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What's a good solution for file-tagging in linux? [closed]

What's a good solution for file-tagging in linux? [closed]

I've been looking for a way to tag my files and search/filter them based on those tags.

Asked by: Guest | Views: 112
Total answers/comments: 5
Guest [Entry]

"It's not clear what kind of searching you want. If you want it to work anywhere in unix, rather that just your home directory, and you only want to do pathname-based searches, the following scheme is workable, with a little bit of shell hackery, and using the standard locatedb:

Each directory that contains at least one tagged file needs a standard subdirectory, say .path-tags;
Each file in the directory $FILE with link $TAG (which should not contain the char _) has a link $TAG_$FILE -> ../$FILE

I leave the details of the locate-tag script to you; it should be a two- or three-liner, using only the locate command and shell hackery. (If you're interested, I could write one).

Some of the KDE chaps talked about this sort of scheme for metadata, although I don't recall the details.

It should also be possible to do more sophisticated, content-examining tests based on this scheme with a similar script wrapped around find.

Thoughts on updated requirements

any file readable by the user can be tagged freely - Yes, should be no problem
a user can search for files matching one or several tags - Likewise
files can be moved around without losing the previously associated tags - The directories they inhabit can be freely moved about, but if the file is moved from the directory, we are in trouble. If the tags took the form $TAG_$INODE_$FILE and we have an efficient way to find which paths have a given inode, then we can do this, losing tags only if we move out of filesystems. Copying files might make some trouble, and this is clearly more complicated than my original suggestion.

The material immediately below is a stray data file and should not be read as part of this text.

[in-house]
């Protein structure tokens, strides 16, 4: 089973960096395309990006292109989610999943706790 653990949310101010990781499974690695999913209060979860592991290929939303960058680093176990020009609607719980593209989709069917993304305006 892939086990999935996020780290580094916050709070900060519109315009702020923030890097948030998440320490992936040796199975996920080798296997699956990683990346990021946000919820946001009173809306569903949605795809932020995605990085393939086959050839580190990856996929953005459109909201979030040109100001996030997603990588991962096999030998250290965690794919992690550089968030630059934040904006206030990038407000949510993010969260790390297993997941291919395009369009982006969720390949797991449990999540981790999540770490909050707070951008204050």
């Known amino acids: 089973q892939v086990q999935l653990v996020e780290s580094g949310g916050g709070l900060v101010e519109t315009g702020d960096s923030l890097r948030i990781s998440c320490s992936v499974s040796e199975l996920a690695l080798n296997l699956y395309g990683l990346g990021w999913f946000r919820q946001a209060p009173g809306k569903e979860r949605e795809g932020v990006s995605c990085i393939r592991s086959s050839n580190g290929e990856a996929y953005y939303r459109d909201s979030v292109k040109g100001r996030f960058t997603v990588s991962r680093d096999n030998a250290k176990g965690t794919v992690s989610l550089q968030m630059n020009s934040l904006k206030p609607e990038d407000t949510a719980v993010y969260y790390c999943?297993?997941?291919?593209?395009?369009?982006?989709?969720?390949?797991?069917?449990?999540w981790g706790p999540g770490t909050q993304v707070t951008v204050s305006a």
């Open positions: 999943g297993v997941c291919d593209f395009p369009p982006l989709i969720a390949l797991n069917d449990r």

the system could be backed up easily - not essentially difficult.
no dependencies on any desktop environment - none
if any gui is involved, there must be a cli fallback - that's where we live!

Postscript
The ""reverse-inode-lookup"" file described by the link (2) you showed me in your answer to (1) can be used to give some additional infrastructure. We can run a service on the reverse lookup file, which checks that each inode given in the filename of a tag matches the inode of the file (if any) the tag points to. If there is no match, then the required surgery can be performed (does the inode still exists? where is it?), and the reverse lookup file being either mutated or regenerated, and the tag symlinks being updated.

I anticipate one tricky case: what if the tagged file is not where the tags say it should be, the reverse lookup file says it still exists, but the prodigal file is not where the lookup file says it is, the lookup file being out of date? There are a few ways to handle this case, none obviously ideal. Apart from this, this whole task seems to be the kind of thing Perl is well-suited to..."
Guest [Entry]

"Nobody mentioned, but you definitely should look at extended file system attributes.
ext4 for example has them. there are tools getfattr and setfattr to deal with them.
Of course you will have to write some shell scripts to search for files tagged with sometag.
Regarding mentioned questions all the answers are ""Yes"". You should only take into account that it's depended on file system."
Guest [Entry]

You probably don't need to install entire KDE desktop for their tagging library, Nepomuk. You would still have to install KDE base libraries, though...
Guest [Entry]

"This recent article on Linux Desktop Search Tools mentions that Tracker supports tagging. Unfortunately it's supposed to be half-broken in the old version they tested. Maybe it's fixed now?

Not system wide.
You can back it up.
It's bundled with Gnome."
Guest [Entry]

"Try Beagle. I find it is pretty good.

It may not meet all the requirements, and I'm not sure what could. For example, do FIFO files support extended attributes? If they don't, Beagle has a fallback database."